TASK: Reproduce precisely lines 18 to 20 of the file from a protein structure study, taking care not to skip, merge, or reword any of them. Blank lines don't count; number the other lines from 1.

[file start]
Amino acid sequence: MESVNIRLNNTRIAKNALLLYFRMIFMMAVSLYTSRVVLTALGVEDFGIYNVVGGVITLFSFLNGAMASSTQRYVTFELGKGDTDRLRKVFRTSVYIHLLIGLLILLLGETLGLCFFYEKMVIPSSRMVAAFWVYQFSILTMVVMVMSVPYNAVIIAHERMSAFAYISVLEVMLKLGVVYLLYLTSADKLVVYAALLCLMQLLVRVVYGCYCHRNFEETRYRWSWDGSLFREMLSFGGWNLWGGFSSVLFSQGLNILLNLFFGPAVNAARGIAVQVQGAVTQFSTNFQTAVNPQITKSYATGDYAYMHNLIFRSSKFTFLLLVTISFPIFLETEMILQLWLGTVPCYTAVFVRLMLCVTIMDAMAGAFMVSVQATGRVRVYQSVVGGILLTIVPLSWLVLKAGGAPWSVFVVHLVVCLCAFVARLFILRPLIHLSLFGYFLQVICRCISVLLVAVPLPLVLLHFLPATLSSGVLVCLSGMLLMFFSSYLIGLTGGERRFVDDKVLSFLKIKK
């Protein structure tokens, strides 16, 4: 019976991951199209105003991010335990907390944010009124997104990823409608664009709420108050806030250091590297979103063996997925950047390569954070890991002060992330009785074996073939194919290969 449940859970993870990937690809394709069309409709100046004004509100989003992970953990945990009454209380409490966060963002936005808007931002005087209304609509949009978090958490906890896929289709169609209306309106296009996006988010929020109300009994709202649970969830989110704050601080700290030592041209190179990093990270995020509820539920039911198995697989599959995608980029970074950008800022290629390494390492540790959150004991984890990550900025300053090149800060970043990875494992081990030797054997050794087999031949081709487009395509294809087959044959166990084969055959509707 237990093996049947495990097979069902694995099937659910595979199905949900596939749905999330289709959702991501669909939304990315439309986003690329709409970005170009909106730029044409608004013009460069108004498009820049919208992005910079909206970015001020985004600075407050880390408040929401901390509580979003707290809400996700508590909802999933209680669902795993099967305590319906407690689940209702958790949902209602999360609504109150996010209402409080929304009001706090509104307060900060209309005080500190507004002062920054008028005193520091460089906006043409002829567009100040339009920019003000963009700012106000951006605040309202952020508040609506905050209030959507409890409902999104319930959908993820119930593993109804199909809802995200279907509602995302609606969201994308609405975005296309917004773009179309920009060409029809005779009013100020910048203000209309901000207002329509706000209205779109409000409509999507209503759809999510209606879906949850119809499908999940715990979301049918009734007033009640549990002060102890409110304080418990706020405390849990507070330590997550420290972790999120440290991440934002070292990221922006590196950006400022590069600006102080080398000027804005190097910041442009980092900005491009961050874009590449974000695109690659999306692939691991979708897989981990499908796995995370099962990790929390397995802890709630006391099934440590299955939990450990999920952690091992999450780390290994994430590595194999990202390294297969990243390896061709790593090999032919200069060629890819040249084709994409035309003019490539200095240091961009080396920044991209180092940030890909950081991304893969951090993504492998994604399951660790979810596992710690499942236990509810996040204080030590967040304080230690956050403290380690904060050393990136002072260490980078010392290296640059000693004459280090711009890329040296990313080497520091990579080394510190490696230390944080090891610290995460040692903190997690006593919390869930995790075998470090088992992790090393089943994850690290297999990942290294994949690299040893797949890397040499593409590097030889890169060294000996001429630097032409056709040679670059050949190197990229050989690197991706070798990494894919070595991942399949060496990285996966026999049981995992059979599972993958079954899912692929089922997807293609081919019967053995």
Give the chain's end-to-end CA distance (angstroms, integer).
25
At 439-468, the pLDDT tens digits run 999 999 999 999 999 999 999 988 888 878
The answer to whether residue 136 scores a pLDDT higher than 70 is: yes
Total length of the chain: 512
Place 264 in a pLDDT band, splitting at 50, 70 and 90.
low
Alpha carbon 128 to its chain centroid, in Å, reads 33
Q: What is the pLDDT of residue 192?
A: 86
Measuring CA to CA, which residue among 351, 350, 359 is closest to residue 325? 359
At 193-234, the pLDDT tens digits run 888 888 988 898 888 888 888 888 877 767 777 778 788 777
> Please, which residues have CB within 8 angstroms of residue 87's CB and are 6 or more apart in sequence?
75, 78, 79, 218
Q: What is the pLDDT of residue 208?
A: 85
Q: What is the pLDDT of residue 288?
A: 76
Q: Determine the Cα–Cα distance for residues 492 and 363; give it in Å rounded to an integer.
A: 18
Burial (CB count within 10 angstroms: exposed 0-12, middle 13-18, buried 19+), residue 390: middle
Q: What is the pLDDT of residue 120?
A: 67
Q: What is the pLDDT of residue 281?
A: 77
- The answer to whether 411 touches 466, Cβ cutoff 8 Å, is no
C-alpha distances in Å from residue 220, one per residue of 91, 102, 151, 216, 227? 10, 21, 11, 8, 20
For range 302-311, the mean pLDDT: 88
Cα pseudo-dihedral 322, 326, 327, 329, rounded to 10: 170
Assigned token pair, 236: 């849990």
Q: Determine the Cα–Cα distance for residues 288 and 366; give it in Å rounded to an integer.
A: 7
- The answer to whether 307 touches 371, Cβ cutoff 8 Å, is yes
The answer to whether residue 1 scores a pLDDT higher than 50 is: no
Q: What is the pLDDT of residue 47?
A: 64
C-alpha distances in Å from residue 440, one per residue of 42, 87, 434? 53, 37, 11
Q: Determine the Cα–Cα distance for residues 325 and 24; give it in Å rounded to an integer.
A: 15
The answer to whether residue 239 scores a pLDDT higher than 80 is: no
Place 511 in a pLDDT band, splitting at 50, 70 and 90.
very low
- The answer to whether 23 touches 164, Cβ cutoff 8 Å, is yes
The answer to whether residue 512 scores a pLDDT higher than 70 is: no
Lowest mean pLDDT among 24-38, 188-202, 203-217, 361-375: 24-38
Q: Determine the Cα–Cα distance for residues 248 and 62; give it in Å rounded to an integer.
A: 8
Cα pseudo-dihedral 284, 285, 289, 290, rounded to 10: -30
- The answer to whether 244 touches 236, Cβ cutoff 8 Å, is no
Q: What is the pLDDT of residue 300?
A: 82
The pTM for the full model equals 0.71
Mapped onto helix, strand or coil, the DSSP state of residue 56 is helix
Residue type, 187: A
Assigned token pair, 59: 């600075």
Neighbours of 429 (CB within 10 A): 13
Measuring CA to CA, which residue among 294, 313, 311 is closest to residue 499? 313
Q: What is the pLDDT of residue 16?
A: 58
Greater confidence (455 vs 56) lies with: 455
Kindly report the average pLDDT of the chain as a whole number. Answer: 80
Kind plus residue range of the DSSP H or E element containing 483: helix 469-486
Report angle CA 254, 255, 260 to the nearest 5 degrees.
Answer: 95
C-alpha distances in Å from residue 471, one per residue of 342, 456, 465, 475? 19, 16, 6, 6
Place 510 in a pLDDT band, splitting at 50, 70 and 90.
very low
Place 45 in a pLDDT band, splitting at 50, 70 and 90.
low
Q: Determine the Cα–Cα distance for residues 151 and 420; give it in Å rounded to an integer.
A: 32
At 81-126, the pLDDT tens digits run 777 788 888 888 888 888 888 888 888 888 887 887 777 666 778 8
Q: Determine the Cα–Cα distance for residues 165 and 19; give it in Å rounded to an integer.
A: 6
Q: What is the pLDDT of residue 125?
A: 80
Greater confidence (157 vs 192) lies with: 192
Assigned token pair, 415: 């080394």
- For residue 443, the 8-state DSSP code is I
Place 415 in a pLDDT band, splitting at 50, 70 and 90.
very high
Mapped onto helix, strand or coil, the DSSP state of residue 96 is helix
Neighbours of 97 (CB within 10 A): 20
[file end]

A: 85
Q: What is the pLDDT of residue 288?
A: 76